Thursday, December 31, 2009

Find Comfort in Listening

I don't know about you, but when I'm sick I tend to look for comfort -- comfort food, comfort clothes, comfort shoes, comfort books...

... which is how I ended up returning to Brother Tolbert McCarroll's book, Notes from the Song of Life -- its brief meditations have a way of soothing me back into my best space. This morning's reading -- which I may have shared with you before -- is called "Listening," and it really resonated with me, so I will share it with you here. He says all I needed to hear today:

"In every corner of your world there blows a gentle wind that sings a silent song. You must listen for that song.

Usually your mind is filled with questions, arguments, and expectations. Do not add more by considering how you will go about listening, or congratulating yourself on how well you are doing. And especially do not believe that you know what you are going to hear. It is enough that you know the beginning. If you try to guess what will follow, you will not hear what you were meant to hear. So you must listen without expectations. Indeed you must not expect that you will hear anything at all. For there is no object or goal to your listening. You are not listening for something. The listening itself is the end of the journey. Do not climb a mountain in order to listen. Go down into the valley.

Listening is emptying out. It means giving up everything. Remove your inner noise and the silent song will enter in. The song is being sung all the time. The breeze that bears this song comes from deep stillness. It is its nature to enter into any silence it encounters. You do not have to capture the song. It is not possible for you to do so. If you would experience the song you must be silent and listen to the stillness at your core.

Men and women do not hear what is constantly being spoken to them. Even those who profess to be longing for the song often make so much noise in their quest that there is no room for the song to enter in.

All that is required of you is that you learn to be truly quiet. Do that and all else will happen without your effort. The willow has only to stand still and the wind will move its branches. If the willow tried to create a wind by frantically waving its branches it would miss the real wind when it came. The attempt to create a wind will quickly exhaust you. When the wind of the silent song touches you, you are refreshed. So, like the willow, stand still.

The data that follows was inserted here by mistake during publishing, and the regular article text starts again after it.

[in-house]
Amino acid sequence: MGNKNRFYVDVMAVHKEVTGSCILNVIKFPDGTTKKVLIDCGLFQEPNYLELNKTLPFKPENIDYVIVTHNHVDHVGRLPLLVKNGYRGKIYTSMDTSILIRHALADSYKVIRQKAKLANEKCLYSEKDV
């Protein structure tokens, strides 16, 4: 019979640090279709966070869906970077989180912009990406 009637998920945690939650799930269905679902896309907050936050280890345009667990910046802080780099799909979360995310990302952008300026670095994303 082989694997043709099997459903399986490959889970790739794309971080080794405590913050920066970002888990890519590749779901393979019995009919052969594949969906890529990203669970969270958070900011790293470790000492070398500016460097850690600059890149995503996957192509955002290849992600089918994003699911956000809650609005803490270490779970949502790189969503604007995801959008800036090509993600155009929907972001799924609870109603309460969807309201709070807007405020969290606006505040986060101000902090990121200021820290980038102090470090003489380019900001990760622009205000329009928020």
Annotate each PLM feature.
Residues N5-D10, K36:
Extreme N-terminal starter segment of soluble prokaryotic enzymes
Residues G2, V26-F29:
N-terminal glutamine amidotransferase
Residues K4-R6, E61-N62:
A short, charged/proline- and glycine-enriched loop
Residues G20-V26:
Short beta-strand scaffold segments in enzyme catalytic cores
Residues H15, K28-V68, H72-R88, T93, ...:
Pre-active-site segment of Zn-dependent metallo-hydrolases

All your life your heart has been singing a little soundless song. Listen to the song of your heart, because it is part of the great silent song. Open the door of your heart and the wind of the Spirit will come."

Wednesday, December 30, 2009

Standing together in Divine embrace

After a week of uncharacteristically blue skies (and the biting cold that comes with them) I awoke this morning to gray and clouds and drizzle -- so much more typical for the Pacific Northwest in winter -- and though I still have this nasty cold, some part of me has relaxed and softened into acceptance; the resistance is gone.

Which reminds me once again of how much of the discomfort in our lives is not in what happens to us, but in our reactions to it. The cold weather is so much harder to bear when we stiffen ourselves against it; the pain -- whether physical or psychological -- affects so much more of our bodies when we tighten up in response.

But how can we resist that temptation? It's so natural, to push away what we designate as bad or uncomfortable. Perhaps the way to open and soften is not just to tell ourselves to open and soften, but to re-label that which we find so threatening; to redefine, to welcome, or perhaps just to accept.

In the end, whatever it is we're dealing with -- a pain or sickness, a loss, a struggle, or just the holiday blahs --well, it is what it is. Resisting it will not make it go away, so why not choose to stand with it, like these trees in the forest; allowing the light to touch you both; accepting the briers and grasses which caress and irritate you both; feeling the coolness of the forest which surrounds you both.

And as the rain takes on strength and begins to thrum lightly against the skylight above my stairs, I find myself thinking of Matthew 5:45 --